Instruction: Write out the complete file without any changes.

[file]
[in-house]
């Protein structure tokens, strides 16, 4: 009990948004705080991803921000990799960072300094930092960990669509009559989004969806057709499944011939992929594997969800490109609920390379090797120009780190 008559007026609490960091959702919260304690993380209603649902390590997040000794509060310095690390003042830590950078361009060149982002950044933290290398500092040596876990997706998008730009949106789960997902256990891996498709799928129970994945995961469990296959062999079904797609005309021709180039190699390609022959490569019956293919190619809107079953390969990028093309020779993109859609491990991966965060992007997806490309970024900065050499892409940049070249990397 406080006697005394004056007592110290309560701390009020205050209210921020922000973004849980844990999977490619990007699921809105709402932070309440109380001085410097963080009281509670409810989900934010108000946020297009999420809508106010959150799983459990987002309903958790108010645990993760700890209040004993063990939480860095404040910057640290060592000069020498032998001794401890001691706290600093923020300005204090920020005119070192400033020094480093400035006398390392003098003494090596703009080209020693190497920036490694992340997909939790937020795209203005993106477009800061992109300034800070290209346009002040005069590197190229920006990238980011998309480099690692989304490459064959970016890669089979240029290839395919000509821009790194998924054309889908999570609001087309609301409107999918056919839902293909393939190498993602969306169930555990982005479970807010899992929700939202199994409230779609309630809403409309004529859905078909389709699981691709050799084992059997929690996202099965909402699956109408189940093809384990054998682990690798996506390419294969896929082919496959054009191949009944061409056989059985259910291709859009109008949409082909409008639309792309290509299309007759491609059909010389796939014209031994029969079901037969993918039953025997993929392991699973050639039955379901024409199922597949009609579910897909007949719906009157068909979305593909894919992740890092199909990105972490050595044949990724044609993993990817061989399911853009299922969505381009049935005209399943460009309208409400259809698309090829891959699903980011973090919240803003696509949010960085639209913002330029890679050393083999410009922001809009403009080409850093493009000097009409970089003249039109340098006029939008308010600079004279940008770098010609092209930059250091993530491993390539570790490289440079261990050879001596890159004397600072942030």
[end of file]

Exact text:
[in-house]
């Protein structure tokens, strides 16, 4: 009990948004705080991803921000990799960072300094930092960990669509009559989004969806057709499944011939992929594997969800490109609920390379090797120009780190 008559007026609490960091959702919260304690993380209603649902390590997040000794509060310095690390003042830590950078361009060149982002950044933290290398500092040596876990997706998008730009949106789960997902256990891996498709799928129970994945995961469990296959062999079904797609005309021709180039190699390609022959490569019956293919190619809107079953390969990028093309020779993109859609491990991966965060992007997806490309970024900065050499892409940049070249990397 406080006697005394004056007592110290309560701390009020205050209210921020922000973004849980844990999977490619990007699921809105709402932070309440109380001085410097963080009281509670409810989900934010108000946020297009999420809508106010959150799983459990987002309903958790108010645990993760700890209040004993063990939480860095404040910057640290060592000069020498032998001794401890001691706290600093923020300005204090920020005119070192400033020094480093400035006398390392003098003494090596703009080209020693190497920036490694992340997909939790937020795209203005993106477009800061992109300034800070290209346009002040005069590197190229920006990238980011998309480099690692989304490459064959970016890669089979240029290839395919000509821009790194998924054309889908999570609001087309609301409107999918056919839902293909393939190498993602969306169930555990982005479970807010899992929700939202199994409230779609309630809403409309004529859905078909389709699981691709050799084992059997929690996202099965909402699956109408189940093809384990054998682990690798996506390419294969896929082919496959054009191949009944061409056989059985259910291709859009109008949409082909409008639309792309290509299309007759491609059909010389796939014209031994029969079901037969993918039953025997993929392991699973050639039955379901024409199922597949009609579910897909007949719906009157068909979305593909894919992740890092199909990105972490050595044949990724044609993993990817061989399911853009299922969505381009049935005209399943460009309208409400259809698309090829891959699903980011973090919240803003696509949010960085639209913002330029890679050393083999410009922001809009403009080409850093493009000097009409970089003249039109340098006029939008308010600079004279940008770098010609092209930059250091993530491993390539570790490289440079261990050879001596890159004397600072942030």